What it is, where it happens, and reforms the state needs

By Ben Ruddell, Bryant Jackson-Green

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Most people expect Illinois law enforcement to defend the private property of Illinois residents. As long as you obey the law, your life, liberty and property should be secure from the law – or so common sense would suggest.

Yet, every year, Illinois law enforcement agencies take tens of millions of dollars in cash, vehicles, land and other assets from state residents – in some cases without bringing criminal charges, let alone obtaining convictions, against property owners. Asset forfeiture laws, which allow the confiscation of private assets suspected of involvement in illegal activity, have been subject to abuse – and have produced large payouts for law enforcement. Since 2005, Illinois has pocketed more than $319 million from private citizens throughout the state.[1] Federal law enforcement took in more than $404 million in Illinois over the same time period.[2]

While forfeiture is lucrative for law enforcement, it can be devastating to the people from whom property is taken. Motor vehicles, because of their high value, have become particularly popular targets of seizures. But losing a vehicle even temporarily can precipitate a cascade of negative consequences in a person’s life, including the inability to maintain employment or even to attend court proceedings to try to reclaim the seized property. This practice can exacerbate impoverishment and harm the person’s innocent children and family members.

Exactly how much is gained by Illinois law enforcement through asset forfeiture, and which agencies are responsible for the bulk of asset seizures? And what can be done to ensure property owners face a fair, efficient and equitable process when their property is seized?

New research from the Illinois Policy Institute and the American Civil Liberties Union of Illinois answers these questions. Drawing on data from Freedom of Information Act requests to Illinois State Police and the U.S. Department of Justice, this report sheds light on how much specific law enforcement agencies are taking in Illinois under state and federal asset forfeiture laws. This report finds:

  • Between 2005 and 2015, forfeiture proceedings have resulted in gains of more than $319 million for Illinois police departments, sheriffs, state’s attorneys and other law enforcement agencies.
  • Most asset seizures take place in Cook County, followed by Lake, Will, Rock Island, Macon and Winnebago counties – but millions more dollars’ worth of property have been seized by jurisdictions throughout the state.
  • The law enforcement agencies making the most seizures are the Chicago Police Department, the Illinois State Police, the Narcotics and Currency Interdiction Team, the Cook County Sheriff’s Office and the Decatur Police Department.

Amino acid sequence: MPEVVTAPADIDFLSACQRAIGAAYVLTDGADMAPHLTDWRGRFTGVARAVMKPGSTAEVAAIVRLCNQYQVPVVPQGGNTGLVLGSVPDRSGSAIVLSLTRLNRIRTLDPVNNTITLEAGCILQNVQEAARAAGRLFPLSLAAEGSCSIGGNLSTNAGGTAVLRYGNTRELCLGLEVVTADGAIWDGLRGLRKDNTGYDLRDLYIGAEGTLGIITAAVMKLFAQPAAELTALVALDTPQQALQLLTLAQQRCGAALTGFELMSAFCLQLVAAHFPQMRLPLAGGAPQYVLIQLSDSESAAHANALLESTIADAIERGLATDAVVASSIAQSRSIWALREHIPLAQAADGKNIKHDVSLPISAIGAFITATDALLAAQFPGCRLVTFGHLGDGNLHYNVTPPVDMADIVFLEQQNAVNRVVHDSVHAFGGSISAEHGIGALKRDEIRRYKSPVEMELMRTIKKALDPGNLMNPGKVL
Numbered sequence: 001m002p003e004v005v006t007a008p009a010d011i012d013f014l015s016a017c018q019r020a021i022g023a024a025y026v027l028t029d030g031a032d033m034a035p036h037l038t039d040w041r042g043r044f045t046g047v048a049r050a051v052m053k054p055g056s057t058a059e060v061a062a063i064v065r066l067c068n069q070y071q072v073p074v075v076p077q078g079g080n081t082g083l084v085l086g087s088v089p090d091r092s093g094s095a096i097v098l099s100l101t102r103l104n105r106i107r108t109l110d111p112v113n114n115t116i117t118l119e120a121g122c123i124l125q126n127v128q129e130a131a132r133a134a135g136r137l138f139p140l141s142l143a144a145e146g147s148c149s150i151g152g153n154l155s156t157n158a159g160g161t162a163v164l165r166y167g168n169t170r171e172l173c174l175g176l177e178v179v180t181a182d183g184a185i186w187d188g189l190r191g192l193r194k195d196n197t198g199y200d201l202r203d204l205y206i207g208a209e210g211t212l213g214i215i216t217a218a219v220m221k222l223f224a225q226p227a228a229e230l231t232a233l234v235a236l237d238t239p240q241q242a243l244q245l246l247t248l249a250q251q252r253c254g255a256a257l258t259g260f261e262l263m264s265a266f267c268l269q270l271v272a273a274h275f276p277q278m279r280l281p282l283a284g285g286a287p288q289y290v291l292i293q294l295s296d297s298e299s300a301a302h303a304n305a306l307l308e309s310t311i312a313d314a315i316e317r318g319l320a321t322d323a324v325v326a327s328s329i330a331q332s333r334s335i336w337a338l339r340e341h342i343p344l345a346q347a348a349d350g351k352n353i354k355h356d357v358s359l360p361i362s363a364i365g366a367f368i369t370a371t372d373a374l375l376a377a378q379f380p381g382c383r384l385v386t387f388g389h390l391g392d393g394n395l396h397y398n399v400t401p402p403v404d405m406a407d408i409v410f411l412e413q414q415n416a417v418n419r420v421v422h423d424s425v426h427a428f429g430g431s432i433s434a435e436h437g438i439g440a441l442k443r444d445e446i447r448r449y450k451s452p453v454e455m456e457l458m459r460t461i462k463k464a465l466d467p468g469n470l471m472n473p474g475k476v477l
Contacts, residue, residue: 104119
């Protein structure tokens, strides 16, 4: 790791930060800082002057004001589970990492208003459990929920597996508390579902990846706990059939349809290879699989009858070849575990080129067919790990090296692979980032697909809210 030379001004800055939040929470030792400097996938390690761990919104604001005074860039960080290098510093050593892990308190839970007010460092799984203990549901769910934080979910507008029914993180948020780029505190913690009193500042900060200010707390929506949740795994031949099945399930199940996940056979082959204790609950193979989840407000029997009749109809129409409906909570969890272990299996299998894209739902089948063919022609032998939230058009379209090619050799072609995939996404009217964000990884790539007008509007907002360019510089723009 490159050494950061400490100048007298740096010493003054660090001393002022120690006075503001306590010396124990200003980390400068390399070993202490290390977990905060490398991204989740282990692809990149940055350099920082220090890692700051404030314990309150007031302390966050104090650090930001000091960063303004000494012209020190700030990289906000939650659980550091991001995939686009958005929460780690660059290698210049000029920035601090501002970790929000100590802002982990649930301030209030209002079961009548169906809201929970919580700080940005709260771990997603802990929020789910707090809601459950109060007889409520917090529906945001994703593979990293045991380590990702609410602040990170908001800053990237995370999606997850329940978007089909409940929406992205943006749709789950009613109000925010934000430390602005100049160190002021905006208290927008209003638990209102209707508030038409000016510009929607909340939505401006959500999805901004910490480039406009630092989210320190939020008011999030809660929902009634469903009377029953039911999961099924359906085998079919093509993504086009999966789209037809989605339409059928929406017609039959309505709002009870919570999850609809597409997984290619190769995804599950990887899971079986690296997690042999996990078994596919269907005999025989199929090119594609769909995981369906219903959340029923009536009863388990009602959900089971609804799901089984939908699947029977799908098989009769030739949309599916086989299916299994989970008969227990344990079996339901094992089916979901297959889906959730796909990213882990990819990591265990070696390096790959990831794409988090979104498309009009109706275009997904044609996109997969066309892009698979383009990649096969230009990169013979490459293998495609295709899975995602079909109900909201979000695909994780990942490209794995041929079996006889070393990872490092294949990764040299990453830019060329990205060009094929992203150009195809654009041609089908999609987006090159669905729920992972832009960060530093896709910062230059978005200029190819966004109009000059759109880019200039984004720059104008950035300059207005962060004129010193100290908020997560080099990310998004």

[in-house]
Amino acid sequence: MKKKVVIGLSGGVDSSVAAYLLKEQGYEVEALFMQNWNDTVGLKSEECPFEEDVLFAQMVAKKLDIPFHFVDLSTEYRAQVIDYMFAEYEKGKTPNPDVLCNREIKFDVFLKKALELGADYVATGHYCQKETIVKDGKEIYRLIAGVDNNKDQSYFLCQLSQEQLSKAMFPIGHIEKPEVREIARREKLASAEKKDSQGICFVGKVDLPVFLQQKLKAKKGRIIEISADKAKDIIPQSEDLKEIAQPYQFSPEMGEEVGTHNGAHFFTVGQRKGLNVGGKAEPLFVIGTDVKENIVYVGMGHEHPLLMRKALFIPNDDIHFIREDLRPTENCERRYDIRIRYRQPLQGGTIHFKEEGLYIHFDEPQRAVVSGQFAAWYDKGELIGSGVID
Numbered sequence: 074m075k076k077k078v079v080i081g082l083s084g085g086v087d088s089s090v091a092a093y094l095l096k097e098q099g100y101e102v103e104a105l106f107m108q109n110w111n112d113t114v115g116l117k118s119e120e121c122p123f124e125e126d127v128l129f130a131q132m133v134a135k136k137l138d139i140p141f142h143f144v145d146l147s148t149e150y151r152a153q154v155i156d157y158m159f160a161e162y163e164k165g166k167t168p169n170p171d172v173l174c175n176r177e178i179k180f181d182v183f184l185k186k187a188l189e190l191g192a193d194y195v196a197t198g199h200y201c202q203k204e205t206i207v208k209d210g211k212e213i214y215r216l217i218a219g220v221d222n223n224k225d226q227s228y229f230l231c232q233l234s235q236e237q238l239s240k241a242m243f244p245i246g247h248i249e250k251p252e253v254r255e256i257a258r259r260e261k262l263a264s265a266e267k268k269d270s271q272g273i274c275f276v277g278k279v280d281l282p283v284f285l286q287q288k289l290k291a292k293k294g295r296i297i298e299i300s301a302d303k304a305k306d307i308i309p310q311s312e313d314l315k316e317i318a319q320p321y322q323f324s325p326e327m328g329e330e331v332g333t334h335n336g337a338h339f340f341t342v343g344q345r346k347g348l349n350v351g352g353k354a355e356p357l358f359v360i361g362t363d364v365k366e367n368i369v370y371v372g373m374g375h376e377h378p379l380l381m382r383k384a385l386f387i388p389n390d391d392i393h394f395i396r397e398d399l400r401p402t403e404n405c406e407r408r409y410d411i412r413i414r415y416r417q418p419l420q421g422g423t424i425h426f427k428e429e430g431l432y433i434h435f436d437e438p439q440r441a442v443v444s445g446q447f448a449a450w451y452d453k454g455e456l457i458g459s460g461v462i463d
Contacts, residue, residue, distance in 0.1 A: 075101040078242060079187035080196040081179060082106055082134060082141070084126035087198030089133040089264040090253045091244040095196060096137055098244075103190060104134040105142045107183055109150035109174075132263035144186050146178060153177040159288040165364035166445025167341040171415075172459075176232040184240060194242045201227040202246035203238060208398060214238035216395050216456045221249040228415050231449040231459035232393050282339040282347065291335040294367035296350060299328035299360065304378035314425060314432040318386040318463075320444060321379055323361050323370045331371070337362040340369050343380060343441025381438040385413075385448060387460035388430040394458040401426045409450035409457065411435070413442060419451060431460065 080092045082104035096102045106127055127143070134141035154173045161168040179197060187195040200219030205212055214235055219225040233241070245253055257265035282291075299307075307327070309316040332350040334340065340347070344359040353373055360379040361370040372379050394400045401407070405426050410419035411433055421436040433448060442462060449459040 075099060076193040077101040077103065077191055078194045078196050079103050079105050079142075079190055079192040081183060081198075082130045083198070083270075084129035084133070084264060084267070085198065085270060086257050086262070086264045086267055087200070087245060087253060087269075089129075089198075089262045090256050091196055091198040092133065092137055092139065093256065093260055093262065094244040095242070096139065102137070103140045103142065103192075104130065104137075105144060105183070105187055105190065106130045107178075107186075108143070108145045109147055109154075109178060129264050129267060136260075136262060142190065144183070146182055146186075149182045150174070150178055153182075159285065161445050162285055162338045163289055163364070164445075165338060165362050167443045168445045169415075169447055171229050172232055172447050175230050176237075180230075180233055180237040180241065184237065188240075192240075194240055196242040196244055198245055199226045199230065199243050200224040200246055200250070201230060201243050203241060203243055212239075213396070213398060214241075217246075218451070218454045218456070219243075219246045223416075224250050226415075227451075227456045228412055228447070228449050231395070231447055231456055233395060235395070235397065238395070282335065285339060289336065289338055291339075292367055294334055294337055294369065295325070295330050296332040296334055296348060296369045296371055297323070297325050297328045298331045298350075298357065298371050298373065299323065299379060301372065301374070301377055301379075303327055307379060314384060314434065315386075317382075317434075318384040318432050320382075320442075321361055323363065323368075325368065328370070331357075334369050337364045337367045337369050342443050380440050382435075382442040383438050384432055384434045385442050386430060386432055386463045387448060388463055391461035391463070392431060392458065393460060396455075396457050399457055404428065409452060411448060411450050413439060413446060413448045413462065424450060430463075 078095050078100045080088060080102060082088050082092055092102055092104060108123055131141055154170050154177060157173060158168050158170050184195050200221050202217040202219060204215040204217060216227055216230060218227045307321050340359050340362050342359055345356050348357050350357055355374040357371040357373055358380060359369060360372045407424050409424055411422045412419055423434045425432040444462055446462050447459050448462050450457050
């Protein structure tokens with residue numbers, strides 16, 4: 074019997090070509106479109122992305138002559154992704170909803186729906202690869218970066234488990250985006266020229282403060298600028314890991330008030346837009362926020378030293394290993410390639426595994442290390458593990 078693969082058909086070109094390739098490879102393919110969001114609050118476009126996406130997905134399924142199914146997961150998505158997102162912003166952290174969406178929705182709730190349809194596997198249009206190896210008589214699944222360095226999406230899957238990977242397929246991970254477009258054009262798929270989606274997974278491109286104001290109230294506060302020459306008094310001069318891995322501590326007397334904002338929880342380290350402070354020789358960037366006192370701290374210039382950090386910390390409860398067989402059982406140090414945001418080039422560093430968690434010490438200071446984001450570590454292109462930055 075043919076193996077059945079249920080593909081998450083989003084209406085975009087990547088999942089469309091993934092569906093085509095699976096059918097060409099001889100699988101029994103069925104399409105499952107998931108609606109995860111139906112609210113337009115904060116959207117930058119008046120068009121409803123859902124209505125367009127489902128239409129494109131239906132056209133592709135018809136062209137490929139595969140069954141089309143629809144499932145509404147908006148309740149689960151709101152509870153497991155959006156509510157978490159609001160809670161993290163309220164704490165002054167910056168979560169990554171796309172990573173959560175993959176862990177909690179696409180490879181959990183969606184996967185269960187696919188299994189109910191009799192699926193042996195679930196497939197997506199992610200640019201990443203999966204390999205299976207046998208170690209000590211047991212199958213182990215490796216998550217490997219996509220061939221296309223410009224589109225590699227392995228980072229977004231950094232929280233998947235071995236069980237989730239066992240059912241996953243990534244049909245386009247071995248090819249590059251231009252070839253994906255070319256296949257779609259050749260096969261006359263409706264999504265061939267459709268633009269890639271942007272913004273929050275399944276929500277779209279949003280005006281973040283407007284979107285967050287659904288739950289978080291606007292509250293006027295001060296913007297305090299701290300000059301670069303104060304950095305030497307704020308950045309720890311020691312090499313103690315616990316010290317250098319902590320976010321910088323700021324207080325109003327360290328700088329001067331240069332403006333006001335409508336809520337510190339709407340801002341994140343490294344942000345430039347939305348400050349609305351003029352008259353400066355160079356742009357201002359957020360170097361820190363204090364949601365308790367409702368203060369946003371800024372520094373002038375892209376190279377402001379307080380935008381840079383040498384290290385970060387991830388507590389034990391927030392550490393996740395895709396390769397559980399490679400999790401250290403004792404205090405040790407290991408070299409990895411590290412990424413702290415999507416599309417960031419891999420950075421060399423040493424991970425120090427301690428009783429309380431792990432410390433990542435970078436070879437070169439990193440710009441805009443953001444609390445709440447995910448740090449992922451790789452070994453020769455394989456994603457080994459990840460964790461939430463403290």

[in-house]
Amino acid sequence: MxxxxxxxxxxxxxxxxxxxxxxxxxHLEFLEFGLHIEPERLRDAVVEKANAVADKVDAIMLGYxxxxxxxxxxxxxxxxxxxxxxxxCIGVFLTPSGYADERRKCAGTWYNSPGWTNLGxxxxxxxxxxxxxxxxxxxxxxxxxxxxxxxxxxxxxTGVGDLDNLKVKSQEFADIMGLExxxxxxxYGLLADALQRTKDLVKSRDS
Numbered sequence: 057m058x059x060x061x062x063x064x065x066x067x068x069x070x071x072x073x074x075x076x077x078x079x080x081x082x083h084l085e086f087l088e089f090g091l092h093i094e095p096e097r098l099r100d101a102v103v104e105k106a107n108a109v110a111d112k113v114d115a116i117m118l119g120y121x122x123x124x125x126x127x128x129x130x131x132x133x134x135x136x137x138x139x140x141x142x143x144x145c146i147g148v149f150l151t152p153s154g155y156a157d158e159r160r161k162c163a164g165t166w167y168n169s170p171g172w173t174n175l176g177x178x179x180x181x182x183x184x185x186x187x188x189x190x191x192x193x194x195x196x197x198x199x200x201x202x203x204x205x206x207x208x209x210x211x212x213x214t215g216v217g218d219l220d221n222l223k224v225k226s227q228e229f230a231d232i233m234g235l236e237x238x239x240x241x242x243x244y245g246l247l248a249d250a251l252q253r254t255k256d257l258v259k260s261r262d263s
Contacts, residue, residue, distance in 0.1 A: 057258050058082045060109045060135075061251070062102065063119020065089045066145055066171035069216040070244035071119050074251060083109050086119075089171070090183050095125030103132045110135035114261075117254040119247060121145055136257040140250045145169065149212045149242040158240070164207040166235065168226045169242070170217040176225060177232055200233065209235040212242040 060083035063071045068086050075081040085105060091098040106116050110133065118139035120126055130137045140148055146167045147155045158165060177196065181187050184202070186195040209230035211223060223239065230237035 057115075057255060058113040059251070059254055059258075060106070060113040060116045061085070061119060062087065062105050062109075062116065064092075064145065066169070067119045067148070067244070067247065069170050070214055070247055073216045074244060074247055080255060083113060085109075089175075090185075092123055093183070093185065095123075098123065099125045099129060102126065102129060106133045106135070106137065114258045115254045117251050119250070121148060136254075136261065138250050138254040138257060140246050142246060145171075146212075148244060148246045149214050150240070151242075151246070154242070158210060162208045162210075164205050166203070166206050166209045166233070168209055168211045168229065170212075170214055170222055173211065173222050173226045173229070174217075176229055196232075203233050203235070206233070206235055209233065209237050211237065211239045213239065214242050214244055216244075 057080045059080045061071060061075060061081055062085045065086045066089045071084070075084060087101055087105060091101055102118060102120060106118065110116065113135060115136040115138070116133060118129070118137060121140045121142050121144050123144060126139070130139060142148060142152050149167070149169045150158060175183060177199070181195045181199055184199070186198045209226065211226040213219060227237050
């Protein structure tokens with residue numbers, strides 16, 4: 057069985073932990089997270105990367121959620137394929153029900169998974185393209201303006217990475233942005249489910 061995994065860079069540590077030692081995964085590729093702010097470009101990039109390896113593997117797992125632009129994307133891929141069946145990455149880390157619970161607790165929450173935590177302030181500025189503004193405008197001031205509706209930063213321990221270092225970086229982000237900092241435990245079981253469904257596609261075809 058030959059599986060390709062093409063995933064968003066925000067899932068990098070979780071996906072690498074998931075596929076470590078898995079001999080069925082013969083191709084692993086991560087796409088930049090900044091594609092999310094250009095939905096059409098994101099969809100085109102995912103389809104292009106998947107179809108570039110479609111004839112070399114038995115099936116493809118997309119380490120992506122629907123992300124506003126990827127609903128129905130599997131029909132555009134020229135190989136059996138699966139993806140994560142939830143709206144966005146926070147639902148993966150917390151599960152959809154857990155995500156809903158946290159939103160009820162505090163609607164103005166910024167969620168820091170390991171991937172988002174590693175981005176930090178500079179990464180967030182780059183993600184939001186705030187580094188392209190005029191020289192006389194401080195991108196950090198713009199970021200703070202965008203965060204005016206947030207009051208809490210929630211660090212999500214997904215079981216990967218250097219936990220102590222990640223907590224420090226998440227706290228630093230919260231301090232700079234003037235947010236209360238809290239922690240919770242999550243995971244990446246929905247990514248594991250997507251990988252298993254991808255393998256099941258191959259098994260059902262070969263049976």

This report recommends policy reforms in three areas to better protect the rights of innocent property owners:

  1. Provide fair legal standards and procedures in forfeiture cases: Illinois forfeiture laws should require a criminal conviction before property can be forfeited to the government. The burden of proof in a forfeiture action should rest squarely upon the government and should be raised to require clear and convincing evidence. The practice of “nonjudicial” forfeiture, where property may be forfeited without a judge’s consideration of the merits of the case, should be eliminated. The law should require that civil forfeiture proceedings be instituted against the property owner rather than against the property itself, and all known owners of seized property should be named in the complaint and served with process. Finally, lawmakers should eliminate the requirement for the owner to post a cash bond for the right to challenge a forfeiture in court.
  1. Remove incentives to engage in “policing for profit”: Any property gained by the government through forfeiture should be auctioned and the proceeds deposited directly into the general revenue fund and appropriated by the General Assembly rather than being awarded directly to police and prosecutors’ offices. Illinois law enforcement agencies should be restricted from participating in federal equitable sharing programs so they cannot circumvent reforms to state forfeiture law and procedures.
  1. Increase transparency about how forfeiture funds are acquired and used: Law enforcement agencies and prosecutors’ offices should be required to publicly report information about how much property they seize, where and when the seizures took place, the outcome of all forfeiture cases, and how they spend any forfeiture proceeds.

Forfeiture is a powerful tool – far too powerful to allow governments to wield it with little public oversight or accountability. Lawmakers need to adopt meaningful asset forfeiture reforms to better protect the rights and property of Illinois residents.

[1] Information received from Illinois State Police pursuant to Freedom of Information Act 2016 request.

[2] Information received from U.S. Department of Justice pursuant to Freedom of Information Act 2016 request.

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